If you’re about to apply for planning permission, or are wondering how fees have changed over the years, worry not!
Our in-house planning team are here to give you the lowdown on all the costs associated with the planning stage of your project.
How much does planning permission cost for an extension?
Costs for planning permission differ, depending on where you are in the UK. To extend your home, you’ll be looking at…
- £206 within England
- £190 in Wales
- £202 in Scotland
These costs apply to alterations / extensions to existing dwellings, and only for one household. So whether you’re going for a classic rear extension, or converting your loft, these are the fees you’ll be paying.
However, if you’re taking on a self build project, costs rise to £462 per new dwelling in England, and £380 in Wales, £401 in Scotland.
All these costs relate to a full planning application, fees will vary for outline planning permission applications. Outlines are often used on large projects to give the developer an idea of what might be possible before an architect is brought in to provide the details.
Please note: outline planning permission cannot be used to start construction.
Do you need planning permission?
Now, before you get your checkbook out, it’s worth noting that not all extensions require planning permission.
Your home might benefit from your permitted development rights. These are part of a government scheme that allows homeowners to extend their home without the need for planning permission. However, there are strict rules about what kind of developments fall within your permitted development rights.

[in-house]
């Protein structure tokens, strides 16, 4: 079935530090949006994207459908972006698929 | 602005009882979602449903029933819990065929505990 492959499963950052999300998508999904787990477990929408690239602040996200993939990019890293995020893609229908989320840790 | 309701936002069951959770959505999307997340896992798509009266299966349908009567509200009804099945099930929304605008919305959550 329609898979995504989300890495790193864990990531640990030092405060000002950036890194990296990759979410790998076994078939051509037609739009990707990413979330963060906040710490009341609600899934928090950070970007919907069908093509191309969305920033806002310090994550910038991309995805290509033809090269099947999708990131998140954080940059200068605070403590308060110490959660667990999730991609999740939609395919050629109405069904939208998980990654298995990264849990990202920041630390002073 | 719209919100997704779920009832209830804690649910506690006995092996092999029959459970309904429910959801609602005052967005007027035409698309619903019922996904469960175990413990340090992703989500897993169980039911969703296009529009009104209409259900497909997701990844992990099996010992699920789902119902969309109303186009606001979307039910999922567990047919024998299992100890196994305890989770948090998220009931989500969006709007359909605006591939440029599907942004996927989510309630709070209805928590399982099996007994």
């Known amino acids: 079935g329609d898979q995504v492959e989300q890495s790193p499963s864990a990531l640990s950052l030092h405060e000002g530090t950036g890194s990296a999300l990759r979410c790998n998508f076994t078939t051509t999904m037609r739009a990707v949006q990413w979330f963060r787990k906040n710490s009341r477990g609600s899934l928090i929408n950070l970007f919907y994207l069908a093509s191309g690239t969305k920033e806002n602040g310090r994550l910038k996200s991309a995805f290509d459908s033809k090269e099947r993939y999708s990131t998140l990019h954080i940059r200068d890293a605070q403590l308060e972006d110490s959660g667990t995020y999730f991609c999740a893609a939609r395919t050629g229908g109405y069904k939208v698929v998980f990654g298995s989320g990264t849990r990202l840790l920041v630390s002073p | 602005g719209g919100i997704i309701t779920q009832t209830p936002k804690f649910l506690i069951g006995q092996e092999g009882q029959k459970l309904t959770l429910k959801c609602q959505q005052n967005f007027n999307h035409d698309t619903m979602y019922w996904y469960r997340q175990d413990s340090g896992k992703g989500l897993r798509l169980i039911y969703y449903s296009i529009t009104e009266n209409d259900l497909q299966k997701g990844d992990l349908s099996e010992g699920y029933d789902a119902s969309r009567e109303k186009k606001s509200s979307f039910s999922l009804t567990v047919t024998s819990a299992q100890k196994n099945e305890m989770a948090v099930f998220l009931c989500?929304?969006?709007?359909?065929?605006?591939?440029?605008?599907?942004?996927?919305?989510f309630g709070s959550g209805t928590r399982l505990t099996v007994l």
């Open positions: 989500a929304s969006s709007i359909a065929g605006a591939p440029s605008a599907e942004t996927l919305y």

In order to avoid a full planning application, you’ll need to ensure your extension…
- Doesn’t extend beyond the rear of the existing house by more than 4 metres, if your home is detached, and 3 metres, if you live in a terrace, or semi-detached property.
- Only takes up less than 50% of the size of the land around the original house ("original" being the latest of when the property was built or if it was built before 1948, then as it stood on 1st July 1948).
- Is single-storey, with a maximum height of 4m.
- Had a roof ridge or top point no higher than the eaves of your property’s roof.
On top of this, you’ll need to bear in mind that permitted development rights can’t be used on these households...
- Flats and maisonettes
- Listed buildings
- Homes in conservation areas
Because of the rules involved with permitted development, and the penalties you could face if these rules aren’t followed, we always recommend getting an architect onboard. They’ll not only ensure your design fits the scheme, they’ll help you apply for a Lawful Development Certificate.
While not a requirement, a Lawful Development Certificate helps prove to both your local authority and future buyers that your extension was legal at the point of construction. This protects you, should the rules around permitted development change in the future.
Lawful development certificates fees are half the price of full planning applications, unless you’re obtaining one retrospectively for work you’ve already constructed. In this case, you’ll need to pay the same price as those listed above.
What some tailored planning advice for your home? Book a free consultation with Resi. We’ll assess your project and lay out your options, all free of charge. We also have our own in-house planning team, so should you choose our services, we’ll even be able to submit your application on your behalf.